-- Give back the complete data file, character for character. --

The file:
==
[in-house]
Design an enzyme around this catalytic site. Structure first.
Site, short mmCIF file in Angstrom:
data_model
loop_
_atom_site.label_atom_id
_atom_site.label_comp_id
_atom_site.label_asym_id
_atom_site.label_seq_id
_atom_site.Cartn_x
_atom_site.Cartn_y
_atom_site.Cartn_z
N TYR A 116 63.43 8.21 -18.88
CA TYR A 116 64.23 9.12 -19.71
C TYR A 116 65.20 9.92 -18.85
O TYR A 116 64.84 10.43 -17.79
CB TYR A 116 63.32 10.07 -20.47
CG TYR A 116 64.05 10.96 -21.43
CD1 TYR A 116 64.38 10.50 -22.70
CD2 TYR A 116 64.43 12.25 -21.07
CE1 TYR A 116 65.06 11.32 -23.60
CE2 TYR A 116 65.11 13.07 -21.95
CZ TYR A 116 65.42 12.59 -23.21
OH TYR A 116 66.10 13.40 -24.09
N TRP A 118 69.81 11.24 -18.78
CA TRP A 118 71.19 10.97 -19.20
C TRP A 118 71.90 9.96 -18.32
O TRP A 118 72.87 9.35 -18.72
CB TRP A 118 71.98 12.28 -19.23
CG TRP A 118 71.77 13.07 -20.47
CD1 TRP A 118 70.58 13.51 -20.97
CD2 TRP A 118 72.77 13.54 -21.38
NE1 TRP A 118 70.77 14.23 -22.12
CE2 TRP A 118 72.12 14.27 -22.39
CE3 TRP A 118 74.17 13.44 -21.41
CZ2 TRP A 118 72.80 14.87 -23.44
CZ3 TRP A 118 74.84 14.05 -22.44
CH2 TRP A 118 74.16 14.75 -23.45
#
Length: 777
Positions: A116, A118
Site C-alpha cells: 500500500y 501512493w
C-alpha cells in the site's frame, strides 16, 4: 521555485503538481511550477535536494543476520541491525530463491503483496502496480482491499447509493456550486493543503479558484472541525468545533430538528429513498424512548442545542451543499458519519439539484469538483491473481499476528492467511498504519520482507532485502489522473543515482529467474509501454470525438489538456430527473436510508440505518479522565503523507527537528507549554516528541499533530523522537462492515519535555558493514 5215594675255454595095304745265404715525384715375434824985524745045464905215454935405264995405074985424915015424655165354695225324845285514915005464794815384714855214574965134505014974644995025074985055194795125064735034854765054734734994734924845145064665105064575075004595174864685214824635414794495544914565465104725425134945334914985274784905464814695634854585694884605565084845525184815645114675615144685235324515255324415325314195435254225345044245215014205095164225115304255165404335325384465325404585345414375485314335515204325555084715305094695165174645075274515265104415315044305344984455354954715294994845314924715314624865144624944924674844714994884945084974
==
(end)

[in-house]
Design an enzyme around this catalytic site. Structure first.
Site, short mmCIF file in Angstrom:
data_model
loop_
_atom_site.label_atom_id
_atom_site.label_comp_id
_atom_site.label_asym_id
_atom_site.label_seq_id
_atom_site.Cartn_x
_atom_site.Cartn_y
_atom_site.Cartn_z
N TYR A 116 63.43 8.21 -18.88
CA TYR A 116 64.23 9.12 -19.71
C TYR A 116 65.20 9.92 -18.85
O TYR A 116 64.84 10.43 -17.79
CB TYR A 116 63.32 10.07 -20.47
CG TYR A 116 64.05 10.96 -21.43
CD1 TYR A 116 64.38 10.50 -22.70
CD2 TYR A 116 64.43 12.25 -21.07
CE1 TYR A 116 65.06 11.32 -23.60
CE2 TYR A 116 65.11 13.07 -21.95
CZ TYR A 116 65.42 12.59 -23.21
OH TYR A 116 66.10 13.40 -24.09
N TRP A 118 69.81 11.24 -18.78
CA TRP A 118 71.19 10.97 -19.20
C TRP A 118 71.90 9.96 -18.32
O TRP A 118 72.87 9.35 -18.72
CB TRP A 118 71.98 12.28 -19.23
CG TRP A 118 71.77 13.07 -20.47
CD1 TRP A 118 70.58 13.51 -20.97
CD2 TRP A 118 72.77 13.54 -21.38
NE1 TRP A 118 70.77 14.23 -22.12
CE2 TRP A 118 72.12 14.27 -22.39
CE3 TRP A 118 74.17 13.44 -21.41
CZ2 TRP A 118 72.80 14.87 -23.44
CZ3 TRP A 118 74.84 14.05 -22.44
CH2 TRP A 118 74.16 14.75 -23.45
#
Length: 777
Positions: A116, A118
Site C-alpha cells: 500500500y 501512493w
C-alpha cells in the site's frame, strides 16, 4: 521555485503538481511550477535536494543476520541491525530463491503483496502496480482491499447509493456550486493543503479558484472541525468545533430538528429513498424512548442545542451543499458519519439539484469538483491473481499476528492467511498504519520482507532485502489522473543515482529467474509501454470525438489538456430527473436510508440505518479522565503523507527537528507549554516528541499533530523522537462492515519535555558493514 5215594675255454595095304745265404715525384715375434824985524745045464905215454935405264995405074985424915015424655165354695225324845285514915005464794815384714855214574965134505014974644995025074985055194795125064735034854765054734734994734924845145064665105064575075004595174864685214824635414794495544914565465104725425134945334914985274784905464814695634854585694884605565084845525184815645114675615144685235324515255324415325314195435254225345044245215014205095164225115304255165404335325384465325404585345414375485314335515204325555084715305094695165174645075274515265104415315044305344984455354954715294994845314924715314624865144624944924674844714994884945084974